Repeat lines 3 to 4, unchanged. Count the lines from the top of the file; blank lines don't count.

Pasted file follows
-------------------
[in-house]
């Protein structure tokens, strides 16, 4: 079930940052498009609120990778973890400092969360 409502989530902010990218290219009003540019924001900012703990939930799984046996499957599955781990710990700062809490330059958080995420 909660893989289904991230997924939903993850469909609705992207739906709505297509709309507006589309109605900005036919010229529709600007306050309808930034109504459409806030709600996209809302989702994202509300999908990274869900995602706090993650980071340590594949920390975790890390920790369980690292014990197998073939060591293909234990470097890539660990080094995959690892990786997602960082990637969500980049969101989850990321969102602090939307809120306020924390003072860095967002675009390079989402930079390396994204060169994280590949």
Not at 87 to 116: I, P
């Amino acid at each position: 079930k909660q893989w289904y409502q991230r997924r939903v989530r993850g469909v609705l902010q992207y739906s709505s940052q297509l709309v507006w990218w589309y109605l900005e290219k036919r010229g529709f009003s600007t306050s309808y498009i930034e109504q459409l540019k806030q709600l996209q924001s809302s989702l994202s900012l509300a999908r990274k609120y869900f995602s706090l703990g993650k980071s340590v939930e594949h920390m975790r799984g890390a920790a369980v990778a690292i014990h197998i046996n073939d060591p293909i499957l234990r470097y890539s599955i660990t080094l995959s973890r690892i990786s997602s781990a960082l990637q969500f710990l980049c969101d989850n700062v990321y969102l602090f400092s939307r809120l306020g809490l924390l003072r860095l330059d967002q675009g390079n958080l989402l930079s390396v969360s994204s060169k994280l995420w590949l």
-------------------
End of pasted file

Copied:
Not at 87 to 116: I, P
């Amino acid at each position: 079930k909660q893989w289904y409502q991230r997924r939903v989530r993850g469909v609705l902010q992207y739906s709505s940052q297509l709309v507006w990218w589309y109605l900005e290219k036919r010229g529709f009003s600007t306050s309808y498009i930034e109504q459409l540019k806030q709600l996209q924001s809302s989702l994202s900012l509300a999908r990274k609120y869900f995602s706090l703990g993650k980071s340590v939930e594949h920390m975790r799984g890390a920790a369980v990778a690292i014990h197998i046996n073939d060591p293909i499957l234990r470097y890539s599955i660990t080094l995959s973890r690892i990786s997602s781990a960082l990637q969500f710990l980049c969101d989850n700062v990321y969102l602090f400092s939307r809120l306020g809490l924390l003072r860095l330059d967002q675009g390079n958080l989402l930079s390396v969360s994204s060169k994280l995420w590949l």